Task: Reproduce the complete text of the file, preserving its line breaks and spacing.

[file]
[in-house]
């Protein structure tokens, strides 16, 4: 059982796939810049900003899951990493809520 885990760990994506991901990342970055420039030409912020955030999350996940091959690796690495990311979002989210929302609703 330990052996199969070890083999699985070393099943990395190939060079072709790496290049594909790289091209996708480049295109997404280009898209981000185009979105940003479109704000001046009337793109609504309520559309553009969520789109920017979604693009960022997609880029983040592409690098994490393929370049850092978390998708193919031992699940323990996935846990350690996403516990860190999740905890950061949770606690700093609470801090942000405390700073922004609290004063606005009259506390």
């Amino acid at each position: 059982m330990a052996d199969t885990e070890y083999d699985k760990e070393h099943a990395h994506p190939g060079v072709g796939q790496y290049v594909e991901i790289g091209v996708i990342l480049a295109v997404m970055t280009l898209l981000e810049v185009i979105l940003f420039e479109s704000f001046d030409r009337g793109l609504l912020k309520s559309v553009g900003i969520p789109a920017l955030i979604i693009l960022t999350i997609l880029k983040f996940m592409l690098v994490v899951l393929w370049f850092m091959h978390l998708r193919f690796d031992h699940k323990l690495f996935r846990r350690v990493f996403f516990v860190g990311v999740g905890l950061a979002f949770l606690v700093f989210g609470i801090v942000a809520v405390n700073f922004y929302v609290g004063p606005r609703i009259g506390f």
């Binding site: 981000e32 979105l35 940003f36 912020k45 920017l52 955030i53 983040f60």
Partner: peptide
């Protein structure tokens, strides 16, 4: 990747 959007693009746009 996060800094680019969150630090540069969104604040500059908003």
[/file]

[in-house]
């Protein structure tokens, strides 16, 4: 059982796939810049900003899951990493809520 885990760990994506991901990342970055420039030409912020955030999350996940091959690796690495990311979002989210929302609703 330990052996199969070890083999699985070393099943990395190939060079072709790496290049594909790289091209996708480049295109997404280009898209981000185009979105940003479109704000001046009337793109609504309520559309553009969520789109920017979604693009960022997609880029983040592409690098994490393929370049850092978390998708193919031992699940323990996935846990350690996403516990860190999740905890950061949770606690700093609470801090942000405390700073922004609290004063606005009259506390």
């Amino acid at each position: 059982m330990a052996d199969t885990e070890y083999d699985k760990e070393h099943a990395h994506p190939g060079v072709g796939q790496y290049v594909e991901i790289g091209v996708i990342l480049a295109v997404m970055t280009l898209l981000e810049v185009i979105l940003f420039e479109s704000f001046d030409r009337g793109l609504l912020k309520s559309v553009g900003i969520p789109a920017l955030i979604i693009l960022t999350i997609l880029k983040f996940m592409l690098v994490v899951l393929w370049f850092m091959h978390l998708r193919f690796d031992h699940k323990l690495f996935r846990r350690v990493f996403f516990v860190g990311v999740g905890l950061a979002f949770l606690v700093f989210g609470i801090v942000a809520v405390n700073f922004y929302v609290g004063p606005r609703i009259g506390f």
């Binding site: 981000e32 979105l35 940003f36 912020k45 920017l52 955030i53 983040f60």
Partner: peptide
């Protein structure tokens, strides 16, 4: 990747 959007693009746009 996060800094680019969150630090540069969104604040500059908003």